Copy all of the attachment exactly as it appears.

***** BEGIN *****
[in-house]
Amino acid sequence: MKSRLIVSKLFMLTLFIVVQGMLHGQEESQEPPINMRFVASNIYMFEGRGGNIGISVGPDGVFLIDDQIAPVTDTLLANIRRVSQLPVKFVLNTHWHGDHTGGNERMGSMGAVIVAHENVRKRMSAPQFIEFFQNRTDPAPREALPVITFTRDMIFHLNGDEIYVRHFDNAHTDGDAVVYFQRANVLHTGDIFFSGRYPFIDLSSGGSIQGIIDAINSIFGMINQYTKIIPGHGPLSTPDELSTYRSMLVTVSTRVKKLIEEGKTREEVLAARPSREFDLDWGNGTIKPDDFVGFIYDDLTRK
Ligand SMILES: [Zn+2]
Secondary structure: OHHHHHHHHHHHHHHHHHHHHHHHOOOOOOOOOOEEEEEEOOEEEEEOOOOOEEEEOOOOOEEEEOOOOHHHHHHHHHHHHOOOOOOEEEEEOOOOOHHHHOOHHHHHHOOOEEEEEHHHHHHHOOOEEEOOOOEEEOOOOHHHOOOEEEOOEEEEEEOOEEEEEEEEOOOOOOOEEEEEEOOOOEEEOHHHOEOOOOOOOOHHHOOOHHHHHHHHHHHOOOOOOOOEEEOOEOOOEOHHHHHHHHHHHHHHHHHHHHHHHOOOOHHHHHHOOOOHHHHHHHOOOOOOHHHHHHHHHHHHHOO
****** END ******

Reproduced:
[in-house]
Amino acid sequence: MKSRLIVSKLFMLTLFIVVQGMLHGQEESQEPPINMRFVASNIYMFEGRGGNIGISVGPDGVFLIDDQIAPVTDTLLANIRRVSQLPVKFVLNTHWHGDHTGGNERMGSMGAVIVAHENVRKRMSAPQFIEFFQNRTDPAPREALPVITFTRDMIFHLNGDEIYVRHFDNAHTDGDAVVYFQRANVLHTGDIFFSGRYPFIDLSSGGSIQGIIDAINSIFGMINQYTKIIPGHGPLSTPDELSTYRSMLVTVSTRVKKLIEEGKTREEVLAARPSREFDLDWGNGTIKPDDFVGFIYDDLTRK
Ligand SMILES: [Zn+2]
Secondary structure: OHHHHHHHHHHHHHHHHHHHHHHHOOOOOOOOOOEEEEEEOOEEEEEOOOOOEEEEOOOOOEEEEOOOOHHHHHHHHHHHHOOOOOOEEEEEOOOOOHHHHOOHHHHHHOOOEEEEEHHHHHHHOOOEEEOOOOEEEOOOOHHHOOOEEEOOEEEEEEOOEEEEEEEEOOOOOOOEEEEEEOOOOEEEOHHHOEOOOOOOOOHHHOOOHHHHHHHHHHHOOOOOOOOEEEOOEOOOEOHHHHHHHHHHHHHHHHHHHHHHHOOOOHHHHHHOOOOHHHHHHHOOOOOOHHHHHHHHHHHHHOO